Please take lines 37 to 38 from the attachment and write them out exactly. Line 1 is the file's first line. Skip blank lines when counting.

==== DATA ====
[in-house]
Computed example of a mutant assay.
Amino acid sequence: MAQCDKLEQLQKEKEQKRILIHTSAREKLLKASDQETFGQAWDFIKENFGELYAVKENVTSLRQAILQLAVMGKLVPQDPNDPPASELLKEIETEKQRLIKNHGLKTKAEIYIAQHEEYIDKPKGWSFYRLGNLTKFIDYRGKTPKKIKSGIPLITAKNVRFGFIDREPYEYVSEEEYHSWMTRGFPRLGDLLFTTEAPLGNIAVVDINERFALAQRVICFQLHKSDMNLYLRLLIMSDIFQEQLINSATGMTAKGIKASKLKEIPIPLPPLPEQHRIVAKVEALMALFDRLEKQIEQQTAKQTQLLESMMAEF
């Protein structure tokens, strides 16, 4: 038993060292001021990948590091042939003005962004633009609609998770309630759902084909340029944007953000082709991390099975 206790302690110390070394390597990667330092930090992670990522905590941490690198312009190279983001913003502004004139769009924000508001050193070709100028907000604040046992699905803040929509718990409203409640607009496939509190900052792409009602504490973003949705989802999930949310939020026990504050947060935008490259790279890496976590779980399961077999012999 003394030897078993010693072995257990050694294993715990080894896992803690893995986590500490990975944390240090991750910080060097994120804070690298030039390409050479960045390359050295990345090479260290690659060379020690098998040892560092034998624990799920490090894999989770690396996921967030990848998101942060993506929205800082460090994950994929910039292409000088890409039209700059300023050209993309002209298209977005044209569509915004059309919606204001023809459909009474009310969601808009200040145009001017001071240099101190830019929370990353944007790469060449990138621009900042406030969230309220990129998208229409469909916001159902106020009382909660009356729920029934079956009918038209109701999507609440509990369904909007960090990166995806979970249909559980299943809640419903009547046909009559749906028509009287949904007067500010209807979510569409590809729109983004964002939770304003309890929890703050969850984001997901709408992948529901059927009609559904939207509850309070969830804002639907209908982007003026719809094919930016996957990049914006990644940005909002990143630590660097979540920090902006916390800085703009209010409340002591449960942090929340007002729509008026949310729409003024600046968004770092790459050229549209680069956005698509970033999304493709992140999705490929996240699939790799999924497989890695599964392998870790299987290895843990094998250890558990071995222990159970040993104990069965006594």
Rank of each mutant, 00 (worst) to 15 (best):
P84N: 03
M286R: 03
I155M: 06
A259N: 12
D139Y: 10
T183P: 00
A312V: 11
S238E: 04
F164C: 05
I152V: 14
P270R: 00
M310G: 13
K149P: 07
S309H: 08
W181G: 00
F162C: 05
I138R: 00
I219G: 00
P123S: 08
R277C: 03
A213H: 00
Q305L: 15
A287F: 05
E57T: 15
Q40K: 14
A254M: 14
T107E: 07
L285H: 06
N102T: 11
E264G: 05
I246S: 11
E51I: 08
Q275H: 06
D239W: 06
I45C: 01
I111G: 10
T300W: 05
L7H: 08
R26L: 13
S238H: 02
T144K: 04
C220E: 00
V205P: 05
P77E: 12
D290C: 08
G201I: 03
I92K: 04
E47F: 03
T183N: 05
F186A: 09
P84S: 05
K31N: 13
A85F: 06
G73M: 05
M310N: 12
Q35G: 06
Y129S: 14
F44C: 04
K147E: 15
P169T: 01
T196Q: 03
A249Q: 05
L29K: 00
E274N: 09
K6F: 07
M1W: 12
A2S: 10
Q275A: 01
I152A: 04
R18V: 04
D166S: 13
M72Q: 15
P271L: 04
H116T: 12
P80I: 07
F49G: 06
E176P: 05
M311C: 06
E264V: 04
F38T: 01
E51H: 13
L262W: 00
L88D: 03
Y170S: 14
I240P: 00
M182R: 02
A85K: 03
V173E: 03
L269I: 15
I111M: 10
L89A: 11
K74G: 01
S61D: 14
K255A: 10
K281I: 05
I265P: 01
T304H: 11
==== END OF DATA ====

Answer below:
E51I: 08
Q275H: 06